Buddhist monks placed an ornamental “hti”—the Burmese word for the distinctive ornament placed at the apex of almost all Burmese pagodas—atop the spire of their new pagoda in Akron, Ohio. The golden crown completed the two-year Akron Mon Community Temple building project.
The Mon are an ethnic group native to a region in Myanmar near its southern border with Thailand. One of the earliest peoples to reside in Southeast Asia, the Mon were responsible for the spread of Theravada Buddhism in Indochina and were a major source of influence on the culture of Myanmar. In the Burmese language, the term “Mon” means noble.
The pagoda is a traditional shrine in the Theravada Buddhist cultures of South and Southeast Asia. The Akron pagoda is designated a “dhatu cetiya,” a shrine that contains an authentic relic of Buddha, which was brought to America from Sri Lanka.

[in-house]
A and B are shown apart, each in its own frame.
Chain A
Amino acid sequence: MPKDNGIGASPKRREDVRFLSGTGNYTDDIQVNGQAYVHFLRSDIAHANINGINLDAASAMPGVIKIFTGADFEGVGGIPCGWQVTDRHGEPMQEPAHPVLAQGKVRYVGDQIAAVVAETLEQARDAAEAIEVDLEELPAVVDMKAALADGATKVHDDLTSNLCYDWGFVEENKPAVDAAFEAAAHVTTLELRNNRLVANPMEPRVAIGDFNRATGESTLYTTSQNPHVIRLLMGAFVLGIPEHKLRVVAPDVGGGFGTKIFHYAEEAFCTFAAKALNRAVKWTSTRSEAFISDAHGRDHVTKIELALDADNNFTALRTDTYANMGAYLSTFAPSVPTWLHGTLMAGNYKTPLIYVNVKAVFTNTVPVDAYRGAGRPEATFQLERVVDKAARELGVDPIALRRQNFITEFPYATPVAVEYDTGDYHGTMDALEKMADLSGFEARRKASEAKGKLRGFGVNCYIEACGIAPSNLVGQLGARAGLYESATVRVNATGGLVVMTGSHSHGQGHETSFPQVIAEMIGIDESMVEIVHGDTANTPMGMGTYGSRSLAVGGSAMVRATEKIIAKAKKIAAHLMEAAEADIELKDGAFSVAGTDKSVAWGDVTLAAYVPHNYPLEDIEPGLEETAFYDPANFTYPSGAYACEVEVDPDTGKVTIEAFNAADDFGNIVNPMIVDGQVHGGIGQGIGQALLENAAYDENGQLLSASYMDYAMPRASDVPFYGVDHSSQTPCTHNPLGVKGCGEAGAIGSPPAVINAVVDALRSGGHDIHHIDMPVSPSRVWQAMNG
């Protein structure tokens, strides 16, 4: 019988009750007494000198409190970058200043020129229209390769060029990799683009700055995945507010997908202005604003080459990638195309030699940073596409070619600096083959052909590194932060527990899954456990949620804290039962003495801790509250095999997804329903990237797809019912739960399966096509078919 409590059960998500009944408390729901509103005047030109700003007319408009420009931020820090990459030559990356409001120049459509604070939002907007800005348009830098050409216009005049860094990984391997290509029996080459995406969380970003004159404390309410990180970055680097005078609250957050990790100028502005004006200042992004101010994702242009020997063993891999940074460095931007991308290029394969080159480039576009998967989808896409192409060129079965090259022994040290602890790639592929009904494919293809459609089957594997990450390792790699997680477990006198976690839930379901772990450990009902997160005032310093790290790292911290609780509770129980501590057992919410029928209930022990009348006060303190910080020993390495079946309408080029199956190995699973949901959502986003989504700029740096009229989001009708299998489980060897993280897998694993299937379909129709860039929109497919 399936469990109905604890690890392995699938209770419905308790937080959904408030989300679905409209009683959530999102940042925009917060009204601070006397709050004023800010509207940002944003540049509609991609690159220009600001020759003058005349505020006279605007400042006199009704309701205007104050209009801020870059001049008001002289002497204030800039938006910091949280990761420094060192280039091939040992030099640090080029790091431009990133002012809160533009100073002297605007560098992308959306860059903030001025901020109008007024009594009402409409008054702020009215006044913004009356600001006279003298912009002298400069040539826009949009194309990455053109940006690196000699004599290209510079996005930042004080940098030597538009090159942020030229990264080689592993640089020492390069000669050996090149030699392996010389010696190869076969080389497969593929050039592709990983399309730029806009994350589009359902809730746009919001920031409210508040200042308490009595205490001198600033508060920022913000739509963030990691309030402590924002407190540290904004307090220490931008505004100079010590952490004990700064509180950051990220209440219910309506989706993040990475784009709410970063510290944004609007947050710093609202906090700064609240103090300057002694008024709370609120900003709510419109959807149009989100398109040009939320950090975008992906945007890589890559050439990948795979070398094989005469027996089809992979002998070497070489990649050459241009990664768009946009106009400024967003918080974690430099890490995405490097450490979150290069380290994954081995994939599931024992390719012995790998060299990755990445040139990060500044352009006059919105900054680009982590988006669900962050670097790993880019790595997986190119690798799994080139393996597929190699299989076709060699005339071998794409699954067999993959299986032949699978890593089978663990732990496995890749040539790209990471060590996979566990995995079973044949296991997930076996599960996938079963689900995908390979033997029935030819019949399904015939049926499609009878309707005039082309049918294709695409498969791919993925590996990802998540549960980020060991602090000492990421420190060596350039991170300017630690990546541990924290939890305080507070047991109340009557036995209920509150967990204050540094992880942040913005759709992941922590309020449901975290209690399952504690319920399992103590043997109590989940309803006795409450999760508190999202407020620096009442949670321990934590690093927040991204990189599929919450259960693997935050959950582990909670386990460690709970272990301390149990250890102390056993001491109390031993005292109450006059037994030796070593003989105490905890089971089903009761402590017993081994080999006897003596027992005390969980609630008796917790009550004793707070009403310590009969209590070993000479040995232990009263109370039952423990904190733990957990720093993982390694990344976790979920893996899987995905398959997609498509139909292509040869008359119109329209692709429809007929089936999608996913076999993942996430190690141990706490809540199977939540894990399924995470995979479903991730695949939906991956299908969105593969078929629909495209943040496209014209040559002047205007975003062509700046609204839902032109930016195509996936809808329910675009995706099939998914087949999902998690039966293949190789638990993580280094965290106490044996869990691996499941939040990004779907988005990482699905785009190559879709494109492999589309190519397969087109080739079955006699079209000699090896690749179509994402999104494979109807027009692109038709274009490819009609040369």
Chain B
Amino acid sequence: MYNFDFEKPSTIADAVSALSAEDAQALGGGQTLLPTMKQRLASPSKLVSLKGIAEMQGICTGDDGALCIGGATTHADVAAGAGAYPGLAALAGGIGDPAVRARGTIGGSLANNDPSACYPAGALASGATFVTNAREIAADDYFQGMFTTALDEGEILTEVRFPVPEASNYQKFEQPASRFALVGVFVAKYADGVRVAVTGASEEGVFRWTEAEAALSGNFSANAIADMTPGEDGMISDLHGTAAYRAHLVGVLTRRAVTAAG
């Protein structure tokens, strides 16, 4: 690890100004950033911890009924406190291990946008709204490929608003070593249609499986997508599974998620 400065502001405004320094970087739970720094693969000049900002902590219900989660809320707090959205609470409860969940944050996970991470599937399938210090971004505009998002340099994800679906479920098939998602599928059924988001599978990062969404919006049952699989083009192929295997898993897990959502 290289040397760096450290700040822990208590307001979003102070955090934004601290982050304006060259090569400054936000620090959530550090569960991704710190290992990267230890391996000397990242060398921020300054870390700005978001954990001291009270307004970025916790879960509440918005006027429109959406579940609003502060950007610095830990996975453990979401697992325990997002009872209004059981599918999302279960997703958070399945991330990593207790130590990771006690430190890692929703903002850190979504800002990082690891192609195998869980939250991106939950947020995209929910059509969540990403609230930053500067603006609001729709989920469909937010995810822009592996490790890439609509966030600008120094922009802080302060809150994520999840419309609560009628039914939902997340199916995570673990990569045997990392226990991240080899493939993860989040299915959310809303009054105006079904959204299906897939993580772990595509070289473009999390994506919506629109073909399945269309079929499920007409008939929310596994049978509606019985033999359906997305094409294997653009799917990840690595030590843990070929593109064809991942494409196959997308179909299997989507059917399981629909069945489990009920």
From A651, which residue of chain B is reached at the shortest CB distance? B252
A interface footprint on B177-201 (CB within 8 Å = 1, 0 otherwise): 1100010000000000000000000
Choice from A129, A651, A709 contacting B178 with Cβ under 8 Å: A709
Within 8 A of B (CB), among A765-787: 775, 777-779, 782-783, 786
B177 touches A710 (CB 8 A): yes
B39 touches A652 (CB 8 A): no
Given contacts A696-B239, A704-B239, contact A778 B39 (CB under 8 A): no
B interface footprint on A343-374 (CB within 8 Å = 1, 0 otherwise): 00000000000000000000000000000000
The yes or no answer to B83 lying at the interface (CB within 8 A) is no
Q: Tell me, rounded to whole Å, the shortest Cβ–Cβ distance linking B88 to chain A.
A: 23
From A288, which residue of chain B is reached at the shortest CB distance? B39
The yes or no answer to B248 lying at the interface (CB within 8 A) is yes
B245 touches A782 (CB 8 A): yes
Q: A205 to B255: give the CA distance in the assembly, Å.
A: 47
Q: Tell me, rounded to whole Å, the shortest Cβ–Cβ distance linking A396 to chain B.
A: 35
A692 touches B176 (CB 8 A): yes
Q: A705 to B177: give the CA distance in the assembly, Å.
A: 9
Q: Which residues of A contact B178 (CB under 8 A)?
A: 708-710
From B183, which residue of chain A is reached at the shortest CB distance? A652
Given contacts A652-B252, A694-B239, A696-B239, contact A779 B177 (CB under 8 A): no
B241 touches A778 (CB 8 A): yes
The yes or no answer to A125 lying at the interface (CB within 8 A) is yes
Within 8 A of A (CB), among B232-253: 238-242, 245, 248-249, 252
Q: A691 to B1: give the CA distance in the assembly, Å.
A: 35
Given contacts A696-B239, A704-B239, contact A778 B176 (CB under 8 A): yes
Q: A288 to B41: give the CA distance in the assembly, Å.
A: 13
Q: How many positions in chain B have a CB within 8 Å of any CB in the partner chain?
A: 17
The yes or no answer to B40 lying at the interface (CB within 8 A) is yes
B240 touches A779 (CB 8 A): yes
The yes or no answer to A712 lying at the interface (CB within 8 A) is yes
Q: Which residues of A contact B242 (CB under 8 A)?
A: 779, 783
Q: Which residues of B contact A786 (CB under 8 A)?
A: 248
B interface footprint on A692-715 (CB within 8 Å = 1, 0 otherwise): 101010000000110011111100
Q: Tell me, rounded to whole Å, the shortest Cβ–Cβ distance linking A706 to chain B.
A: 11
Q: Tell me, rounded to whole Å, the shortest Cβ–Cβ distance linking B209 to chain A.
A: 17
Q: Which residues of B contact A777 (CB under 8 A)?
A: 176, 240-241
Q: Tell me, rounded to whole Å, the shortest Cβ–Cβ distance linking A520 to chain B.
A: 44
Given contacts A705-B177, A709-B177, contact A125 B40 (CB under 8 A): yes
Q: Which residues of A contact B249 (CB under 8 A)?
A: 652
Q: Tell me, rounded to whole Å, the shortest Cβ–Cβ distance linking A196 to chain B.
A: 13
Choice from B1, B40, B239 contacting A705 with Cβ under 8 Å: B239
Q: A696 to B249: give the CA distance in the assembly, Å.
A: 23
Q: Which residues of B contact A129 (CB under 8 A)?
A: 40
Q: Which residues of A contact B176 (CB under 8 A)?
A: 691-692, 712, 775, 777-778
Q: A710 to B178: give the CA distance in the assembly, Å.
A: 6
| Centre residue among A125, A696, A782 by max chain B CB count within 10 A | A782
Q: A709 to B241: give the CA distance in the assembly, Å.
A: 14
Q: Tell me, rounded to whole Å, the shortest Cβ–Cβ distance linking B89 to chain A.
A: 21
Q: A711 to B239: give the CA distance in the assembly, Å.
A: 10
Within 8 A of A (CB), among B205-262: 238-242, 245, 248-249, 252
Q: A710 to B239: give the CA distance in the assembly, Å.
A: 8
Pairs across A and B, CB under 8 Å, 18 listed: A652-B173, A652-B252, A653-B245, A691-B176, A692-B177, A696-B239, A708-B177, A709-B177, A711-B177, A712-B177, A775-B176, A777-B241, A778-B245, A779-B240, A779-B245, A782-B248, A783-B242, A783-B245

The Mon community of Akron is comprised of Theravada Buddhists who emigrated from Southeast Asia, some as political refugees from Myanmar. The Temple has an active group where the monks share their knowledge of Buddhism with anyone wishing to learn more.
According to Pew Research Center, 1 percent of those surveyed in Ohio in the Center’s 2014 Religions Landscape Study were Buddhist.
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